Home Pastors Articles for Pastors Excuse Me, Pastor: Your Anxiety Problem Is Showing

Excuse Me, Pastor: Your Anxiety Problem Is Showing

Finally there’s one last thing I want to say. I imagine there are several pastors reading this who were raised culturally and theologically to believe things like therapy and medication are either for those who are “weak” or stem from an un-Christian view of the world. There’s truth to both of these. Much of our hyper-medicated society and obsession with therapy is science’s way of trying unsuccessfully to treat a spiritual malaise. But that doesn’t mean there aren’t real, chemical imbalances that happen in our brains that medicine can help limit. And it doesn’t mean there aren’t real traumas from your past God wants to lovingly unearth and heal.

Which brings me to the other point: This stuff is for those who are “weak.”

Yep. That is 100 percent true, and I am chief of the “weak people.” We all believe as Christians that humans are fallen creatures living in a fallen world. We also believe that when you break your arm, it’s not a spiritual failing to go to the emergency room because part of God’s grace on our world is the advancement of modern medicine.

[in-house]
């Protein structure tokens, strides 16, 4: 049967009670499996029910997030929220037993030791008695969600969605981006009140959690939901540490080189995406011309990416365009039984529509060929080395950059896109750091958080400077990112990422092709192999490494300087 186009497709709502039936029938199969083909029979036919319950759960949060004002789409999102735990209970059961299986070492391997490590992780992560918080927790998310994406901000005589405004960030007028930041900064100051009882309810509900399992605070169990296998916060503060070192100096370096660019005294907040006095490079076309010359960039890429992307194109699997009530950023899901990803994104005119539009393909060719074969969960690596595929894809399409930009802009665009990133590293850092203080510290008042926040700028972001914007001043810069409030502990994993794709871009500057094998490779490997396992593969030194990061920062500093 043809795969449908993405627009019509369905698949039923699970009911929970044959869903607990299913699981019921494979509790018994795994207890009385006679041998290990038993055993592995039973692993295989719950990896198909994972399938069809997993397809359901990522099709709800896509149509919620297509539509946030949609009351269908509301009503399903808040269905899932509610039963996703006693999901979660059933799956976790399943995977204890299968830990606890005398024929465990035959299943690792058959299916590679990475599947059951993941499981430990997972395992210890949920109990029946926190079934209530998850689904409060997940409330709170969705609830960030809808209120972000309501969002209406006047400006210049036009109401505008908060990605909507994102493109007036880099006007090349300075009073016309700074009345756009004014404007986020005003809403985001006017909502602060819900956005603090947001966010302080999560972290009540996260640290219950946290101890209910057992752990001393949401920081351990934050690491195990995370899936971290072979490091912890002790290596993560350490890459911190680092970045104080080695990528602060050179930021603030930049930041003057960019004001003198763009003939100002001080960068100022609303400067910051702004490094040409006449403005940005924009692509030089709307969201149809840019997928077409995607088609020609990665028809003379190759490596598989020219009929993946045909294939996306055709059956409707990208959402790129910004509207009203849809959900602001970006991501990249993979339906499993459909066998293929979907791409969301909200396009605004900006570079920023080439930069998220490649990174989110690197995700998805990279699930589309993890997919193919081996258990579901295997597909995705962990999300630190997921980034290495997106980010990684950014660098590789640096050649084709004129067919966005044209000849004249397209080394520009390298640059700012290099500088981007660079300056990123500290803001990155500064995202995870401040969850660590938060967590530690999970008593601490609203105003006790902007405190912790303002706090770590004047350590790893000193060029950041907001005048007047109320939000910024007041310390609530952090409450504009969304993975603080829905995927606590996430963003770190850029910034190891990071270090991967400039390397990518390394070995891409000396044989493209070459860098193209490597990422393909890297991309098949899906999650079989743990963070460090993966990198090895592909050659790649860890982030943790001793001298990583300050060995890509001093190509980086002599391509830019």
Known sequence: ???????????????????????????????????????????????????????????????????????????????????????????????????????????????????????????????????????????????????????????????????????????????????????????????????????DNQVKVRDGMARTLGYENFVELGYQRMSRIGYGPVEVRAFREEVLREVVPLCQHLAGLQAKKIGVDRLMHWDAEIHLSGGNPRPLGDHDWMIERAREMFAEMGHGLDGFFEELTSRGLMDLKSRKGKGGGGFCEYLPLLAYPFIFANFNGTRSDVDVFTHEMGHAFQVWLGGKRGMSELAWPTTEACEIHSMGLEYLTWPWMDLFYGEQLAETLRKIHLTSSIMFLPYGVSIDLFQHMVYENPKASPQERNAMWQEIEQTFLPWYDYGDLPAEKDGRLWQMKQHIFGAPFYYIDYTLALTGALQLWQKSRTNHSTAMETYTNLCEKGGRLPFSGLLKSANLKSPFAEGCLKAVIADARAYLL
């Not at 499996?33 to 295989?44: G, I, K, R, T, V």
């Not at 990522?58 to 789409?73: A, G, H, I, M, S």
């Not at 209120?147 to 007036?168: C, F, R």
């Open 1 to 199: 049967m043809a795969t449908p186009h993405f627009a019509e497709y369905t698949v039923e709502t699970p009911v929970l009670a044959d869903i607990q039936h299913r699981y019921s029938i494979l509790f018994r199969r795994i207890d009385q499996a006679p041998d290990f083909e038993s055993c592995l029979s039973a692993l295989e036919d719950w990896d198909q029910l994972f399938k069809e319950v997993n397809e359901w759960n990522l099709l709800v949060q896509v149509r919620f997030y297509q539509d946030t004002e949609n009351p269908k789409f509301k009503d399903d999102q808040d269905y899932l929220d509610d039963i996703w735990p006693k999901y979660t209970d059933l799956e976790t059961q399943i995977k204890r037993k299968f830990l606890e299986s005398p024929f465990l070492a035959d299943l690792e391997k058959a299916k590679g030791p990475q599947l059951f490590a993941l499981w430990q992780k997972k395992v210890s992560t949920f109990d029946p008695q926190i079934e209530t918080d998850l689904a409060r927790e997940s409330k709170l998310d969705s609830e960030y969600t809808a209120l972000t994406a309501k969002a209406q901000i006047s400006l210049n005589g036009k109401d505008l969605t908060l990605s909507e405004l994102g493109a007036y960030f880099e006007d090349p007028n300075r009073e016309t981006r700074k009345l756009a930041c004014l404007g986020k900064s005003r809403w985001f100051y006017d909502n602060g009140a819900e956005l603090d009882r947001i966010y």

Doesn’t it make sense that our emotional/mental/psychological world can use that same help?

Refusing to use avenues such as medication and therapy reminds me of the Syrian general Naaman from 2 Kings chapter 5. This strong and powerful man came to Elisha—a prophet belonging to the very people group Naaman was fighting against—because he was at his wit’s end struggling with leprosy. Elisha instructs Naaman to bathe seven times in the Jordan River. Instead of heading the Prophet’s prescription on first hearing, the general scoffs at the simplicity of the instructions. He was expecting something a little more miraculous. But after a pep talk from one of his servants, he obeys and is cured.

I want to humbly suggest that perhaps the church’s resistance to medication and therapy may be a little bit of a Naaman reaction. It might be pride that deters us. It might be fear of the unknown.

But what if this is the way God wants to heal us? It’s what he has done for me. If you know your anxiety problem is out of control, would you prayerfully consider whether God is speaking to you through this article?

Your spouse, children, co-workers and congregation will thank you.

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Josh Pease is a writer & speaker living in Colorado with his wife and two kids. His e-book, The God Who Wasn't There , is available for purchase on Amazon.